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Health - Reuters - updated 10:39 AM ET Sep 11
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Tuesday September 11 10:39 AM ET Headache - Atmospheric Radiation Link Explored

Headache - Atmospheric Radiation Link Explored

By Karla Gale

NEW YORK (Reuters Health) - Researchers in Germany propose that a small minority of headache patients are susceptible to atmospheric electromagnetic pulses.

The pulses, called ``sferics,'' are of very short duration and low intensity and frequency. According to a team led by Dr. Harald Walach, of Uniklinikum Freiburg Institut fur Umweltmedizin und Krankenhaushygiene in Freiburg, sferics are generated by electric discharges, such as lightning, during meteorological events.

In their study, 21 patients with migraine and/or tension headaches completed daily diaries, noting occurrence, intensity and duration of headaches. In the journal Cephalalgia, Walach's group presents the diary information along with data collected by a sferics measurement station at the University of Munich. They estimated the sum and the average of sferics impulses during 24-hour cycles.

One person's headaches and headache duration showed significant correlation with the amplitude and number of sferics. The pattern was consistent, with sferics and headaches occurring ``fairly simultaneously,'' Walach and his associates write. Since 1 out of 21 of their patients showed this sensitivity, they conclude that about 5% of headache patients may be susceptible to the effect of sferics.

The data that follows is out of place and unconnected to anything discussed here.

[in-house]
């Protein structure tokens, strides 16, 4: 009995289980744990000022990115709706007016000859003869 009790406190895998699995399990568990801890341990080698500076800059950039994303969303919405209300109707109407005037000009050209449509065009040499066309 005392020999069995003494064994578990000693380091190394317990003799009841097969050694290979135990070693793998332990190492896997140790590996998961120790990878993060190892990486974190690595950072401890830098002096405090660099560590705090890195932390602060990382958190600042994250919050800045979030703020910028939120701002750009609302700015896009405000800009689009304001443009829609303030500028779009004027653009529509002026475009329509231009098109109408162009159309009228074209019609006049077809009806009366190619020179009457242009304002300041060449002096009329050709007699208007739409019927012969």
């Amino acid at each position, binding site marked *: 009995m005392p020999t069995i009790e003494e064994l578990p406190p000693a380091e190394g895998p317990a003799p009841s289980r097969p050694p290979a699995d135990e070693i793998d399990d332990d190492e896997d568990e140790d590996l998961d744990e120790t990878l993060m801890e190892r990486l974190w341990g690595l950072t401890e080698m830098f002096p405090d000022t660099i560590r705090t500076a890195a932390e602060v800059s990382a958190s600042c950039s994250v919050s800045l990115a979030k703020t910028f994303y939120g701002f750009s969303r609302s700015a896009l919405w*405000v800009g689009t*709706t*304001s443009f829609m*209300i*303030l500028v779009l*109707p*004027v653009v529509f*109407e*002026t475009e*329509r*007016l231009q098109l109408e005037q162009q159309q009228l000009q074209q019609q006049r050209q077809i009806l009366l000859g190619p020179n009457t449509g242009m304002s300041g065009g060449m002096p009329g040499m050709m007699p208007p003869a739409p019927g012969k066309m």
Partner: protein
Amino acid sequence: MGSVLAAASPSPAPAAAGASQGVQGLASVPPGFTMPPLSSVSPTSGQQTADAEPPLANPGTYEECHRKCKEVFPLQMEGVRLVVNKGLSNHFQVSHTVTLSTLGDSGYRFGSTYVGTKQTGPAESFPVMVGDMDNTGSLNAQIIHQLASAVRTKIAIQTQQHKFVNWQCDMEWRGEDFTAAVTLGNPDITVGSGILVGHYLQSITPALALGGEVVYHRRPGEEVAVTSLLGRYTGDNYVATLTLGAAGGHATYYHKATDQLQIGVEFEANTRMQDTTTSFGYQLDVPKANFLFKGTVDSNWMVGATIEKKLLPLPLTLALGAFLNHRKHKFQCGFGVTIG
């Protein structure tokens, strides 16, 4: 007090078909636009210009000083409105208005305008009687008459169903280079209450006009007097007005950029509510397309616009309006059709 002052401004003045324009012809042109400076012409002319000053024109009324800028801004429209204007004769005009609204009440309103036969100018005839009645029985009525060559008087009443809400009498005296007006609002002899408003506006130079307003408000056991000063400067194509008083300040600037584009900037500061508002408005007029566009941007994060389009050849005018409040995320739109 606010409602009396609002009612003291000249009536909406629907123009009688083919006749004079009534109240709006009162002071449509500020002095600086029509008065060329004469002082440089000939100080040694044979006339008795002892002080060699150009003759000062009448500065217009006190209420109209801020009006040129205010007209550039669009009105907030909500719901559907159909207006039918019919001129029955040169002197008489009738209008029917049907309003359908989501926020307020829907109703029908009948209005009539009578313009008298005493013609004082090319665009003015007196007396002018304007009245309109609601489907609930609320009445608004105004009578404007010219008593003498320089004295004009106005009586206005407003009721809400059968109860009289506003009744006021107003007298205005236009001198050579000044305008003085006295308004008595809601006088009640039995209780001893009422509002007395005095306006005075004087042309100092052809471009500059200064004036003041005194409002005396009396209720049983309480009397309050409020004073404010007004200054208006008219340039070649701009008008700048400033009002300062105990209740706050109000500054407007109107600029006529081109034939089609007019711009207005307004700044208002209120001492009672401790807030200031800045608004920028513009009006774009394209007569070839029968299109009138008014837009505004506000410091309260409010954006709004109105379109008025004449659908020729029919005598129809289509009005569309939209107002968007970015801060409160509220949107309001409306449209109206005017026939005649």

Dr. Frederick G. Freitag, of the Diamond Headache Clinic in Chicago, Illinois, spoke with Reuters Health about these findings.

``We've known for a long time that a variety of weather conditions play a role in different people,'' he said. ``So when someone says, 'I know when a storm is coming,' they're right, they can predict the weather.

``But if you take migraine headache sufferers as a whole, there are no specific things that affect the group,'' he observed. Regarding electromagnetic radiation or sferics, he added, ``People shouldn't jump to any conclusions.''

Freitag pointed out that the data presented by Walach's group showed very poor consistency even among patients whose headaches were linked to higher sferics measurements.

``I was rather surprised to see such a report in Cephalalgia, but on the other hand, this was a fairly well done, scientific approach,'' he commented. ``They did good science, took a fair look at the issue, but ended up with negative results. And the scientific community needs to know negative results as well as those that are more positive.''

SOURCE: Cephalalgia 2001;21:685-690.

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